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Evaluation of nonleukoreduced red blood cell transfusion units collected at delivery from the placenta

Authors

  • Line Widing,

    1. From the Departments of Pediatrics and Immunology & Transfusion Medicine and the Faculty Division Ullevål University Hospital, University of Oslo, Oslo, Norway.
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  • Anne Grete Bechensteen,

    1. From the Departments of Pediatrics and Immunology & Transfusion Medicine and the Faculty Division Ullevål University Hospital, University of Oslo, Oslo, Norway.
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  • Mohammad Reza Mirlashari,

    1. From the Departments of Pediatrics and Immunology & Transfusion Medicine and the Faculty Division Ullevål University Hospital, University of Oslo, Oslo, Norway.
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  • Annette Vetlesen,

    1. From the Departments of Pediatrics and Immunology & Transfusion Medicine and the Faculty Division Ullevål University Hospital, University of Oslo, Oslo, Norway.
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  • Jens Kjeldsen-Kragh

    1. From the Departments of Pediatrics and Immunology & Transfusion Medicine and the Faculty Division Ullevål University Hospital, University of Oslo, Oslo, Norway.
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  • This study was supported by grant 554.30/02 from the Unexpected Child Death Society of Norway and by a grant from the Norwegian Research Council, both to AGB. We are also grateful to the Faculty of Medicine, University of Oslo, for supporting the project by providing a student grant to LW from June to August 2003.

Jens Kjeldsen-Kragh, MD, PhD, Consultant/Professor, Department of Immunology and Transfusion Medicine, Ullevål University Hospital, Kirkeveien 166, N-0407 Oslo, Norway; e-mail: jens.kjeldsen-kragh@medisin.uio.no.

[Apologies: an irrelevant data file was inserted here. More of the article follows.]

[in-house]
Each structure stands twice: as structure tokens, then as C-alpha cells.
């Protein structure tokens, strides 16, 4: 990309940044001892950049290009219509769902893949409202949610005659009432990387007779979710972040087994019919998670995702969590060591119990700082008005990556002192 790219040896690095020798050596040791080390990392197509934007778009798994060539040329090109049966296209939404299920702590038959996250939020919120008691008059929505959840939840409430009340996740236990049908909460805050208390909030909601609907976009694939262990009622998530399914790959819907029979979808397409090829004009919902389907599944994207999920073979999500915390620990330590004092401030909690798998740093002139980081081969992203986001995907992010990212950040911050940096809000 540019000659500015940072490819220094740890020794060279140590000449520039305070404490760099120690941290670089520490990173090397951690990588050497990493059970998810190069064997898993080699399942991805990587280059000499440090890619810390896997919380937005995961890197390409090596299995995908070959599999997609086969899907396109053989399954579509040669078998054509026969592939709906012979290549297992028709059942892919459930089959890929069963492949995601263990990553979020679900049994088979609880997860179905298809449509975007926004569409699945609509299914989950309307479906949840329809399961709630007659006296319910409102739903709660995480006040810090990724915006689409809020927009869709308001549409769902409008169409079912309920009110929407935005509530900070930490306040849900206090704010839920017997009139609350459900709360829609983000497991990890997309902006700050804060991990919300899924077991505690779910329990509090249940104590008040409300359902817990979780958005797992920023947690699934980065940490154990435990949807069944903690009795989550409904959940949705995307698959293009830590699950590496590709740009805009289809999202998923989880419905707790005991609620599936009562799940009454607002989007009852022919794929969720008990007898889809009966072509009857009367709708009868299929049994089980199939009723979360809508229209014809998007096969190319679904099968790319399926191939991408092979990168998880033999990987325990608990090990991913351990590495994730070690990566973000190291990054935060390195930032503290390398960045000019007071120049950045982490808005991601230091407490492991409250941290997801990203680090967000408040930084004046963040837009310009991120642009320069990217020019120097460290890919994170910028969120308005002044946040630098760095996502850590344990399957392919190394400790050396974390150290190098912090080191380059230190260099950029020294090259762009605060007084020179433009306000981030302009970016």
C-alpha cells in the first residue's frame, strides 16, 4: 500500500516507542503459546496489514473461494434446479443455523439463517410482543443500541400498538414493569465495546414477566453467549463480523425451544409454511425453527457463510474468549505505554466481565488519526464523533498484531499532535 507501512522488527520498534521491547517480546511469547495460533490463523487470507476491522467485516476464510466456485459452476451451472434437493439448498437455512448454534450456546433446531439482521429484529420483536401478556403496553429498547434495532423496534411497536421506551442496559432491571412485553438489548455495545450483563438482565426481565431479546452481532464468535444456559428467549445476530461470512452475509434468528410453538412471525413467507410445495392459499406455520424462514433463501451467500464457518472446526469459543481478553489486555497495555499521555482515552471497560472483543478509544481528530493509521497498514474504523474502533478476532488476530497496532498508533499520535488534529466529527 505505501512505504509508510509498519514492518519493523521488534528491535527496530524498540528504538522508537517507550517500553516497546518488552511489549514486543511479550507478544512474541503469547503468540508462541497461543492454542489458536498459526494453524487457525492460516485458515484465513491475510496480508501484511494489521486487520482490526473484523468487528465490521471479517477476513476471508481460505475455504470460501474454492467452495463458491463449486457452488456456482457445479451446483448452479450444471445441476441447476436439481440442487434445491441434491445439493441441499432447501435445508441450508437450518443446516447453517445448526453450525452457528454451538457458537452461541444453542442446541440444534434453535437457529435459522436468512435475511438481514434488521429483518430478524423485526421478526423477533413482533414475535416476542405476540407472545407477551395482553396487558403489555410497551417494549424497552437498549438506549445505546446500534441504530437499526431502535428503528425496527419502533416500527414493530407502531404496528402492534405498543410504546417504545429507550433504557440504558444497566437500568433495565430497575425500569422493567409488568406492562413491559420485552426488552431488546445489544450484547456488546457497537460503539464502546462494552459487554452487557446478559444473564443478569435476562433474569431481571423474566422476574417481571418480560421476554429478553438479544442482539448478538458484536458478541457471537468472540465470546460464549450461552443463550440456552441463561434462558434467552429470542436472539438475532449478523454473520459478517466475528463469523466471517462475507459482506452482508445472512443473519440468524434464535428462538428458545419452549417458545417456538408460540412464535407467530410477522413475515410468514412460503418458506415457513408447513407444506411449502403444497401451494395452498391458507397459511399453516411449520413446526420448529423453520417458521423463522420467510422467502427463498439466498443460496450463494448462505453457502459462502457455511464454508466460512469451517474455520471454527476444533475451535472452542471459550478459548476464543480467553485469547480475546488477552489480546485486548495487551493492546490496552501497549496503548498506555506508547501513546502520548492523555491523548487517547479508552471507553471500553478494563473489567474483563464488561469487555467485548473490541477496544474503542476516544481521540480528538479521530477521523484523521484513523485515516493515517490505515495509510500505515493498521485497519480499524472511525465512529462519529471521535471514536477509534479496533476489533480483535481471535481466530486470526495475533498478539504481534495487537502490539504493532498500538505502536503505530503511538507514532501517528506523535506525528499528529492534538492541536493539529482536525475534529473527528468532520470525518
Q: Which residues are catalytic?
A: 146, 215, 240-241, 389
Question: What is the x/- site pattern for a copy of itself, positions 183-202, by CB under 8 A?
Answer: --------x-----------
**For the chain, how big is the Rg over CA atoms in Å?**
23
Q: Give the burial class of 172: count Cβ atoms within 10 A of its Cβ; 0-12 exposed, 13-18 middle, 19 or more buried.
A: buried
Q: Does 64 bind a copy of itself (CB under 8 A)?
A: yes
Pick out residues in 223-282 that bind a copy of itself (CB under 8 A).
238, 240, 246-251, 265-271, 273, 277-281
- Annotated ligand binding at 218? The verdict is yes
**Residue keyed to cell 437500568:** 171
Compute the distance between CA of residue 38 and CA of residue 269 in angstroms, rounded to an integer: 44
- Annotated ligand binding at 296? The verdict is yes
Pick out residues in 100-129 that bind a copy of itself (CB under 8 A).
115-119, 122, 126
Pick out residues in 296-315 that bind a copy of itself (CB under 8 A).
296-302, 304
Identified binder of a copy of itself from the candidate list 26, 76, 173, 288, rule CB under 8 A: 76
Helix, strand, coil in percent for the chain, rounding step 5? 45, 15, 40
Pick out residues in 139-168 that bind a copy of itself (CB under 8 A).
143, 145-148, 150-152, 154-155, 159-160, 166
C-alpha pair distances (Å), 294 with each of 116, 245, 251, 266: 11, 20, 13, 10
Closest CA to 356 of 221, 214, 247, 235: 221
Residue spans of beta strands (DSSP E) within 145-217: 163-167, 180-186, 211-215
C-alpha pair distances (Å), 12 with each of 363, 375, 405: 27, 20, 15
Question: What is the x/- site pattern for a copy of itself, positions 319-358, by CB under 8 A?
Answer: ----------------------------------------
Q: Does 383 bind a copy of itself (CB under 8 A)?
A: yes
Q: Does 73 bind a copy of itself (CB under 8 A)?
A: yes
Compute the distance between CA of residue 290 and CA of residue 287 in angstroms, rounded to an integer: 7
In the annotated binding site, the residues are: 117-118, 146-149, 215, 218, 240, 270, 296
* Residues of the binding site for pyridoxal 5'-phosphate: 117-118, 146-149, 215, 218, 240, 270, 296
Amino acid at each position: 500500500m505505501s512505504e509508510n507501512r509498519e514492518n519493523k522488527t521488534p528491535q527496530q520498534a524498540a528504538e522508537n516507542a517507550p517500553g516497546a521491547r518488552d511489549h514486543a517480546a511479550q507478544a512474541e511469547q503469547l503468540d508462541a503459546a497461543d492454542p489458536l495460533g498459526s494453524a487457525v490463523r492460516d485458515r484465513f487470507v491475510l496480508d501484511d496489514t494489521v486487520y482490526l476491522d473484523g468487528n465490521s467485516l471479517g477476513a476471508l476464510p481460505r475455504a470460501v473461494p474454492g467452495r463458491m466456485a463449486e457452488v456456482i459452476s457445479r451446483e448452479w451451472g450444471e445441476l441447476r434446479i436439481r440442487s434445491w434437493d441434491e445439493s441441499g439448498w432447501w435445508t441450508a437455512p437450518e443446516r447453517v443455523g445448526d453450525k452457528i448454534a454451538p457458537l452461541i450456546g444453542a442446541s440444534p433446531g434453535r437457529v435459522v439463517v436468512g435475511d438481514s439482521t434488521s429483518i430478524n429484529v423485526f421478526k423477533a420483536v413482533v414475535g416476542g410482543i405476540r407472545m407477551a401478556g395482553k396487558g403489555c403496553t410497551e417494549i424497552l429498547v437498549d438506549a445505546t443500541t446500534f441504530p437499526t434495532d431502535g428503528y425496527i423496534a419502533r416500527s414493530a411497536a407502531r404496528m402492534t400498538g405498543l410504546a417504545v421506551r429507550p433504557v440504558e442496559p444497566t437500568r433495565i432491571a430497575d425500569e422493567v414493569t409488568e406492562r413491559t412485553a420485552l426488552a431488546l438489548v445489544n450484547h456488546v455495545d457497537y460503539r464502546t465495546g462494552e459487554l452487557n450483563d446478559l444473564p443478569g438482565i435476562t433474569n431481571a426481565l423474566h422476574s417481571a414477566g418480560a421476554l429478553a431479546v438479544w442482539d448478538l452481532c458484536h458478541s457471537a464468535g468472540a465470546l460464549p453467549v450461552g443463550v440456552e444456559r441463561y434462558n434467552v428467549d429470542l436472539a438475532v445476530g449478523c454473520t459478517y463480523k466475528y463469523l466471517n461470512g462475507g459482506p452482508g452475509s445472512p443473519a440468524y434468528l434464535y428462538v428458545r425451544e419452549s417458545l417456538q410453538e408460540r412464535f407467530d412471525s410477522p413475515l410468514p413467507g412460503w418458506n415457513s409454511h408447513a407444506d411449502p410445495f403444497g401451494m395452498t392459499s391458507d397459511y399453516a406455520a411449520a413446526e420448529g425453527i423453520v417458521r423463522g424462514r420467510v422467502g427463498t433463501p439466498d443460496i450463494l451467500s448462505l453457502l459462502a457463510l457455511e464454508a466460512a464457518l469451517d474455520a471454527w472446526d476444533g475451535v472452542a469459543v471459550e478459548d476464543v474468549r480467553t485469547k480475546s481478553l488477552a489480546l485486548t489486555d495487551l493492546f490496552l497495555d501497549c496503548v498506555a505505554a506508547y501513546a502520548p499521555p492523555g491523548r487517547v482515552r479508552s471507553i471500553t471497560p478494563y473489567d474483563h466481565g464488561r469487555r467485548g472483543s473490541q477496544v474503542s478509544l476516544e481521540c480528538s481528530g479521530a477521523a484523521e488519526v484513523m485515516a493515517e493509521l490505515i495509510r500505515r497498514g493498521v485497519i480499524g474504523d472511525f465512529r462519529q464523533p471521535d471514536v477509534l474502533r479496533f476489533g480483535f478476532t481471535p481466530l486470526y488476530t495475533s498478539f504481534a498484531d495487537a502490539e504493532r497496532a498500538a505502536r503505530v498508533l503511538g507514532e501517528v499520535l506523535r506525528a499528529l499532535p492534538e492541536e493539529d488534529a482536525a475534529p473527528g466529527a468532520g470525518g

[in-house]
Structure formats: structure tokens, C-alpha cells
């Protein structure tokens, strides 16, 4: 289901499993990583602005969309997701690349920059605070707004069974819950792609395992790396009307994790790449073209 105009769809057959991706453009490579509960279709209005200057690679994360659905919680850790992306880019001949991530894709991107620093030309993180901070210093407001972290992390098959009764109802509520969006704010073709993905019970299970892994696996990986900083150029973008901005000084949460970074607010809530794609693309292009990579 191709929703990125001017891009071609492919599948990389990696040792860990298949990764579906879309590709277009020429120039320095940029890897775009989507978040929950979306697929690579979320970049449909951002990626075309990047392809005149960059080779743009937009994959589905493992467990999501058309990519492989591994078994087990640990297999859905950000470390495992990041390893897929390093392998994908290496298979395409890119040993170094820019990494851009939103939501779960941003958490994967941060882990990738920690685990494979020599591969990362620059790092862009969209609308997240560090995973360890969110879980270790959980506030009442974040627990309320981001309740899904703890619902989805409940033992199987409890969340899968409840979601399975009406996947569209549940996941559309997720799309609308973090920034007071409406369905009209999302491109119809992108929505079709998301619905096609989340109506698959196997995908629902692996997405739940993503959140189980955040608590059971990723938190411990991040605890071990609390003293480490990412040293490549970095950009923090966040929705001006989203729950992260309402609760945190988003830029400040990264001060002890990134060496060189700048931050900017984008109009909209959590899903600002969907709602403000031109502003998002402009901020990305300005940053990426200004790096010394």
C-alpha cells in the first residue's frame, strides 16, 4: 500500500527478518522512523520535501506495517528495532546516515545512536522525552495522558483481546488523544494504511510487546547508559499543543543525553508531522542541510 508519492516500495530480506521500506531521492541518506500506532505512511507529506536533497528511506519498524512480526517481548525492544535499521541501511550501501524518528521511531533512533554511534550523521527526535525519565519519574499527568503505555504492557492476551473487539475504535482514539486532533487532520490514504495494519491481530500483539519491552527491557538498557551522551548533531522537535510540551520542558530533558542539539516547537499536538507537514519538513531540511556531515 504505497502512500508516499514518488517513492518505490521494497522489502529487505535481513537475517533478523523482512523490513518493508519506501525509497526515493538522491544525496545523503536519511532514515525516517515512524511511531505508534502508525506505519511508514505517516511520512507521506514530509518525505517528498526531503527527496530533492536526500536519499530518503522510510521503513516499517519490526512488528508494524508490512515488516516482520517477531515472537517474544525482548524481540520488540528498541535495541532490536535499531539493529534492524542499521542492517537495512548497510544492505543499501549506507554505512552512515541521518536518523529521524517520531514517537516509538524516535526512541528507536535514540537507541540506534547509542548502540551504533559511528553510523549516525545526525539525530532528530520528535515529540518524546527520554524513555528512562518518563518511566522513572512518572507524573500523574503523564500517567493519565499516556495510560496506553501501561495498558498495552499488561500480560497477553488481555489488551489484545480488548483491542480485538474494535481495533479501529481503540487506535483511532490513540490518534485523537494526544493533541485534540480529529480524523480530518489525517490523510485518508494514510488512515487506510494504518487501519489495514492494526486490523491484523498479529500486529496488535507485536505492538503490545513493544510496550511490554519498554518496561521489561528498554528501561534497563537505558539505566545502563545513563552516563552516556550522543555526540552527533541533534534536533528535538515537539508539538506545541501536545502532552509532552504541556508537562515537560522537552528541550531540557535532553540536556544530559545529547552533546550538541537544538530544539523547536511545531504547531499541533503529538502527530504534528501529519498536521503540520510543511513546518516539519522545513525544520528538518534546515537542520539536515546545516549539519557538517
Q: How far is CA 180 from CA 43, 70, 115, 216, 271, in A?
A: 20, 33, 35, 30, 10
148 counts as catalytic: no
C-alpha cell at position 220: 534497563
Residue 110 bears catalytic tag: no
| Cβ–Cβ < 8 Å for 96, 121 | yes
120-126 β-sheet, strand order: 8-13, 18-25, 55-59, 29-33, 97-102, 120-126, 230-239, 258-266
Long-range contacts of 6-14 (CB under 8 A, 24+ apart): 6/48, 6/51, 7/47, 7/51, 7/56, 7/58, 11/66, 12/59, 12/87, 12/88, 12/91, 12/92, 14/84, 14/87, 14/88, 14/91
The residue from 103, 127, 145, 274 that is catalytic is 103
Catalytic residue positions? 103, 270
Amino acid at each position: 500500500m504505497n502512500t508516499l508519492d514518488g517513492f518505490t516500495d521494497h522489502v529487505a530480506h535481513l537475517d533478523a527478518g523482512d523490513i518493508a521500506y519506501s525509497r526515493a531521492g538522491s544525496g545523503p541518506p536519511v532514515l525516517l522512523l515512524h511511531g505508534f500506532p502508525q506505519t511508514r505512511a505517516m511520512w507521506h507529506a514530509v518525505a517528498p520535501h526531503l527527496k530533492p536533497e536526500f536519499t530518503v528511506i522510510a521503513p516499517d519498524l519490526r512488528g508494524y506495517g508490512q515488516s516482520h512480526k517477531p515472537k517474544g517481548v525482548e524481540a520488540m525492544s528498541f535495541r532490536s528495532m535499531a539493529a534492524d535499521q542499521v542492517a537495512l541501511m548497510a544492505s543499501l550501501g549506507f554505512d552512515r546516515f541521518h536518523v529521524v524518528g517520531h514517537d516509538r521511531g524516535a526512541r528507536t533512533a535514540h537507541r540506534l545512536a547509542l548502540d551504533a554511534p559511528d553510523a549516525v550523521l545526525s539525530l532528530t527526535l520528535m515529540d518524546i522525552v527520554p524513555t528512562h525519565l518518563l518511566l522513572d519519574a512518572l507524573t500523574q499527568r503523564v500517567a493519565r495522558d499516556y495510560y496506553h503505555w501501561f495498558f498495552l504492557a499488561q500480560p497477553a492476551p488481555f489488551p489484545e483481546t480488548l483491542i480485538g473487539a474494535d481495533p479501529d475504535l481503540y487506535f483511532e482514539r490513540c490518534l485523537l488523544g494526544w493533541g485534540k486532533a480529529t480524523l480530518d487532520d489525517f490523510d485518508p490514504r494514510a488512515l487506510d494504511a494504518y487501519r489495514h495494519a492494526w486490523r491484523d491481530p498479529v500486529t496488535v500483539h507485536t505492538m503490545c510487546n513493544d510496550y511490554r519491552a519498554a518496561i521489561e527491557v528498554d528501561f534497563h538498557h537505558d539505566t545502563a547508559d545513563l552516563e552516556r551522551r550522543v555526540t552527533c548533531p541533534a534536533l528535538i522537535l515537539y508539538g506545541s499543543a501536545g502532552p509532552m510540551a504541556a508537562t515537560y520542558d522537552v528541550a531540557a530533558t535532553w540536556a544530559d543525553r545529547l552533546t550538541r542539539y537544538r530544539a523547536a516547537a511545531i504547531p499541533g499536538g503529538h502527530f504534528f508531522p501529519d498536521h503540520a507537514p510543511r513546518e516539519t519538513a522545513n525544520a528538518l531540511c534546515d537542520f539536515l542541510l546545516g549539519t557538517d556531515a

Abstract

BACKGROUND: The objective of this study was to evaluate the suitability of cord blood (CB) as a source of red blood cells (RBCs) for autologous transfusion.

STUDY DESIGN AND METHODS: CB was collected in 150-mL storage containers with citrate phosphate dextrose (CPD) as anticoagulant and stored in either saline, adenine, glucose, and mannitol (SAG-M; n = 18) or phosphate, adenine, glucose, guanosine, saline, and mannitol (PAGGS-M; n = 18) for 35 days at 4°C. Hematologic status and hemolysis were studied. The lipopolysaccharide (LPS)-induced production of tumor necrosis factor (TNF)-α and transforming growth factor (TGF)-β1 from CB monocytes was analyzed after incubation with addition of weekly sampled supernatants from the CB RBC units. Five additional units (PAGGS-M) were leukoreduced and thereafter analyzed as indicated above.

RESULTS: Hemolysis increased significantly over time, in SAG-M more than in PAGGS-M. During storage in both media, the number of white blood cells (WBCs) decreased, and the LPS-induced production of TNF-α and TGF-β1 decreased and increased, respectively. There were no significant changes in the LPS-induced production of TNF-α and TGF-β1 in the leukoreduced CB RBC units.

CONCLUSION: Hemolysis in CB RBC units increased significantly over time, and PAGGS-M appears to be superior to SAG-M as a preservation solution for CB RBC. The changes in LPS-induced TNF-α and TGF-β1 production over time were probably caused by substances released from apoptotic and/or necrotic WBCs. Further studies are needed to identify both which substances are responsible for the changes in LPS-induced cytokine release and the clinical significance hereof.

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